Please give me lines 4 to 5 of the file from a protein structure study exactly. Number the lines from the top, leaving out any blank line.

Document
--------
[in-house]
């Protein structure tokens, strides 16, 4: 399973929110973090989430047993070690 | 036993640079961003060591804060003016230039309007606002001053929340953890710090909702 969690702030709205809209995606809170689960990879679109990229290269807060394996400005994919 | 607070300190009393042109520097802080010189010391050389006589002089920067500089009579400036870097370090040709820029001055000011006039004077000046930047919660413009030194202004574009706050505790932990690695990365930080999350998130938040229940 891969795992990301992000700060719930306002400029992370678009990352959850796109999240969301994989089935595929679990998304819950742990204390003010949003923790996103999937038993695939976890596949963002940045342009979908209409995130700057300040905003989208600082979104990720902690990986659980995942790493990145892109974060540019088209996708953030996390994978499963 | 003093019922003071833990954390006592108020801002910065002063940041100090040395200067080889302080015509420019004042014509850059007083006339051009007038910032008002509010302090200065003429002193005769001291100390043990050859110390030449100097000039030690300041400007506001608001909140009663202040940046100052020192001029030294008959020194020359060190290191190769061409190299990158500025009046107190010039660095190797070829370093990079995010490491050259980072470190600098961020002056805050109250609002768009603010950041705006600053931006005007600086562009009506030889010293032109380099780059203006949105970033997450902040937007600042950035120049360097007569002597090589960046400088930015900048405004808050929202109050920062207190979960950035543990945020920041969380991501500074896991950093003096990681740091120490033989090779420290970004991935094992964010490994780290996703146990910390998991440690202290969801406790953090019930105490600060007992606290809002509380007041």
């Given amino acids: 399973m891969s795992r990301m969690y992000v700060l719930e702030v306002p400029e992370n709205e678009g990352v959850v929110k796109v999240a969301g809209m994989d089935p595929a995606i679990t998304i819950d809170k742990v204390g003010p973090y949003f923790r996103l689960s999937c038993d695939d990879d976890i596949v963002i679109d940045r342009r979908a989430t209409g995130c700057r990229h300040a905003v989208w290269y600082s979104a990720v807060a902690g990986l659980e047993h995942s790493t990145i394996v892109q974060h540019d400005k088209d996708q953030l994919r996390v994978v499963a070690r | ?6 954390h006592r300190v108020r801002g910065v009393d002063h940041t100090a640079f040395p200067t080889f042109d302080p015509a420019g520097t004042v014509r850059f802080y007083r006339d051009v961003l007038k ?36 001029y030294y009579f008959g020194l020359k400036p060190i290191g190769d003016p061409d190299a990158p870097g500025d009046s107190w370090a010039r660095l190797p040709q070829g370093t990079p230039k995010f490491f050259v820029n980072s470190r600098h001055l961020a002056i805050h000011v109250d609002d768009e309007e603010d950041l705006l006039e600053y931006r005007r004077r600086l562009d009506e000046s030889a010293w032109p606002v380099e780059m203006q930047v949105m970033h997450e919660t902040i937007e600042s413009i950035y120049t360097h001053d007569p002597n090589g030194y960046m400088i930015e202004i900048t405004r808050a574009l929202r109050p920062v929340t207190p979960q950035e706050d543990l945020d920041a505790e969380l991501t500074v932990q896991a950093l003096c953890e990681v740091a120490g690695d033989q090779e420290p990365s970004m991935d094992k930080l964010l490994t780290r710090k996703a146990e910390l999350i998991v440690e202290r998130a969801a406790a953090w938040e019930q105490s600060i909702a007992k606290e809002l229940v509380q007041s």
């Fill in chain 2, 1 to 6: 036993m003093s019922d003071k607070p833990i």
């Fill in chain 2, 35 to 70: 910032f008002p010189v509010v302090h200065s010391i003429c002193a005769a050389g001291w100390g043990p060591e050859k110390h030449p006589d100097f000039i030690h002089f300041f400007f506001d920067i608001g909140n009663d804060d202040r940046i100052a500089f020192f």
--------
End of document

């Fill in chain 2, 1 to 6: 036993m003093s019922d003071k607070p833990i």
């Fill in chain 2, 35 to 70: 910032f008002p010189v509010v302090h200065s010391i003429c002193a005769a050389g001291w100390g043990p060591e050859k110390h030449p006589d100097f000039i030690h002089f300041f400007f506001d920067i608001g909140n009663d804060d202040r940046i100052a500089f020192f």